DogsBite.org Releases "Beyond the Interview" Essay: Father of Child Killed by Babysitter's Pit Bulls Speaks Out After Attack
Austin, TX, July 26, 2013 --(PR.com
)-- DogsBite.org, a national dog bite victims' group dedicated to reducing serious dog attacks, releases Beyond the Interview, an 8,500 word essay detailing a fatal pit bull attack. The essay follows a June 10th interview with WISN when the father spoke to the media about his son's death for the first time. On March 6th, 2013, Daxton Borchardt, 14-months old, was brutally killed by his babysitter's pit bulls while under her care in Walworth, Wisconsin.
Beyond the Interview was created through direct phone calls and emails over a 6-week period with Jeff Borchardt, 39, the boy's grieving father, and Susan Iwicki, 30, the babysitter and owner of the two pit bulls. Both are compelled to speak out after believing the widely pervasive myth, "It's all how they're raised." On March 6th, states the essay, "Susan's well-raised pit bulls acted out their genetic heritage by inflicting an unpredictable destructive attack that took a boy's life."
Read: Beyond the Interview - Essay of a Fatal Pit Bull Mauling
The history of what occurred on March 6th and its aftermath is powerfully told through the voices of the boy's father and owner of the two pit bulls. Beginning with Borchardt seeing his son's horrific injuries for the first time at Mercy-Walworth Medical Center, to the complete unraveling of what he understood his life to be. "Loss thunders through him -- not only for his son, but for an understanding of life. Where did his former understanding go?" states the essay.
Susan Iwicki begins her account when the attack unfolds and provides information unreported in previous news articles, including photographs of her two dogs and where the attack occurred. Iwicki also reveals how long the attack lasted, up to 15 minutes, and how hard she fought to save the boy's life, all the while shouting, "911 Help!" Though several people on an adjacent property heard Iwicki's constant screams, no one called 911 or came to her aid on that day.
The essay also details "The Deceitful, Harmful Controversy." How the pit bull advocacy community responded to the fatal dog attack. Beyond the Interview documents how advocates antagonized Jeff on his Facebook timeline directly following his son's death and that many advocates "lacked all social boundaries, even when confronted directly by one of the boy's parents," states the essay. Documentation of the harassment includes three months after his son's death.
Other aspects of the 8,500 word essay touches upon the "Zero Margin of Error Rule" and the failure of reputable local and national organizations to refute the myth, "It's all how they're raised," states the piece. Beyond the Interview also emphasizes the many entertainment and news organizations that broadcast these myths. "The number of 'positive pit bull' articles generated or publicized by local and national news organizations is staggering," according to the essay.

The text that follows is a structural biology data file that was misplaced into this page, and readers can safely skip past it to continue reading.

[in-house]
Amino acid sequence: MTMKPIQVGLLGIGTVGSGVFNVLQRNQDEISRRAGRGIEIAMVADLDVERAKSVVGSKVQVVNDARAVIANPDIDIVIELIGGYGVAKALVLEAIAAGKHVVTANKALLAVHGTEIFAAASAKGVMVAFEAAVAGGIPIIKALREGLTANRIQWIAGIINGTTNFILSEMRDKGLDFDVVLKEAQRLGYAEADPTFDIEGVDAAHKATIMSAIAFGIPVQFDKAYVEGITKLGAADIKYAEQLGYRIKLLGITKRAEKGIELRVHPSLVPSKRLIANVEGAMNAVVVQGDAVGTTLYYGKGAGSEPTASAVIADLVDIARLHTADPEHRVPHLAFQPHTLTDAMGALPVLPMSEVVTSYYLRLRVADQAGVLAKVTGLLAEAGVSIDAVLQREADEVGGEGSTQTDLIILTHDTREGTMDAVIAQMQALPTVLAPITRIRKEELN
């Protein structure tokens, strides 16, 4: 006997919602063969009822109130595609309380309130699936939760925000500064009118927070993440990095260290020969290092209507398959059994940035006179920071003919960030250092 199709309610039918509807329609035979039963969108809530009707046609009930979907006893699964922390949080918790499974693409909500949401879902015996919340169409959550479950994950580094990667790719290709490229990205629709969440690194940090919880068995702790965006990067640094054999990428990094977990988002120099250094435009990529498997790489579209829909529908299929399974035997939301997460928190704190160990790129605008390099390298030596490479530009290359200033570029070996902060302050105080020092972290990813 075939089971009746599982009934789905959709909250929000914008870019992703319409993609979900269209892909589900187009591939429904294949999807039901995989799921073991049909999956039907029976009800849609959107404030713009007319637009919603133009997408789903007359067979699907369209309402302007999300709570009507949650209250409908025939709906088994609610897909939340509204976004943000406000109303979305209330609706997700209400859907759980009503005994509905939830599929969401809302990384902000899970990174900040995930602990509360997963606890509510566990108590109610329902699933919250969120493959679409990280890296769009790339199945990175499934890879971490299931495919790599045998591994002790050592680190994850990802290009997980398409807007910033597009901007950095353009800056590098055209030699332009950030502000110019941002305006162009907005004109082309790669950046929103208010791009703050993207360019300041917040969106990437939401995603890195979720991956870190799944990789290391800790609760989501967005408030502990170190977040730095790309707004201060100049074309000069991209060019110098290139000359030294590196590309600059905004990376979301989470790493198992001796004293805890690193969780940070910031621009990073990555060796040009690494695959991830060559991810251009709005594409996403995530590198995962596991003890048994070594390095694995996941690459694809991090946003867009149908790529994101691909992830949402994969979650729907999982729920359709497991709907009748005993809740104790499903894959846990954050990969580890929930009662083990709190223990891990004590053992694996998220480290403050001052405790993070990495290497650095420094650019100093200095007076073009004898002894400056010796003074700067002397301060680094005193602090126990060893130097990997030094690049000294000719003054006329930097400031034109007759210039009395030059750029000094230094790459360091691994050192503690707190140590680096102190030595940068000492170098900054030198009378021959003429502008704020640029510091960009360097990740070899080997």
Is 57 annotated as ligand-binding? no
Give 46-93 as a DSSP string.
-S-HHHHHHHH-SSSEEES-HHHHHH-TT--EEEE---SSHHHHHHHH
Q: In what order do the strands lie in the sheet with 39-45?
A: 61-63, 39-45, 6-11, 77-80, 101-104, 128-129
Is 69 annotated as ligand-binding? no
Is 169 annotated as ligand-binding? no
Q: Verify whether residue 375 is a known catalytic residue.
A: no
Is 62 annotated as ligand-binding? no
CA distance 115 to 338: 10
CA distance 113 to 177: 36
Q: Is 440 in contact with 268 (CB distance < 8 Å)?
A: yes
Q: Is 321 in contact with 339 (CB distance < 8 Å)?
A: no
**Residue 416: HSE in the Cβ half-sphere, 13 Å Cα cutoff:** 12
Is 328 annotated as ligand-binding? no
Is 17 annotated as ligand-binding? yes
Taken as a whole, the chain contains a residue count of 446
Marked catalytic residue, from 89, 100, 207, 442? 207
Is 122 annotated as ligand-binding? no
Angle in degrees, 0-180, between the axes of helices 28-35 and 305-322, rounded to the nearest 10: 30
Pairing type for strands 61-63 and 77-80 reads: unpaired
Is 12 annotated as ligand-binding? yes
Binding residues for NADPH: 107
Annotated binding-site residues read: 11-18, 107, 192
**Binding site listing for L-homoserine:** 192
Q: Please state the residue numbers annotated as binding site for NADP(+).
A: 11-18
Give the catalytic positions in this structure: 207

Beyond the Interview also documents how Jeff Borchardt and Susan Iwicki are coping in the aftermath of the life-ending attack. Four months after the loss of his son, the father's primary income source shut down creating "dramatic financial stress on top of everything else," states the essay. Both Borchardt and Iwicki suffer graphic flashbacks from seeing the horrible injuries inflicted by the pit bulls. Both have been diagnosed with post-traumatic stress disorder (PTSD).
YouTube Video Release
Leading up to the essay's release, DogsBite.org released a video to the father's YouTube channel to extend his message to video audiences. Borchardt is a well-known deejay across the Midwest and often travels to Milwaukie, Chicago and Indiana to perform. Over a 2-week period, DogsBite.org developed the video by editing together video clips and an audio mix provided by Borchardt. This blending resulted in the father's powerful story and mission emerging on screen.
View the Video: Dax is Gone
DogsBite.org is a national dog bite victims' group dedicated to reducing serious dog attacks. Through our work, we hope to protect both people and pets from future attacks. Our website, www.dogsbite.org, was launched in October 2007 and contains a wide collection of data to help policymakers and citizens learn about dangerous dogs. Our research focuses on pit bull type dogs. Due to selective breeding practices that emphasize aggression and tenacity, this class of dogs negatively impacts communities the most. Our website hosts important dog bite studies, U.S. dog bite fatalities and other key bibliographies. In the Legislating Dogs portion of our site, we offer examples of breed-specific laws (state-by-state) and documentation of the constitutionality of these laws. The Victim Realities section provides a glance into the unforgettable histories victims leave behind and much more. DogsBite.org operates out of Austin, Texas and can be contacted via: 512-650-8510 or firstname.lastname@example.org. Research contributions and active website participation stems from individuals that span the United States of America and across the world.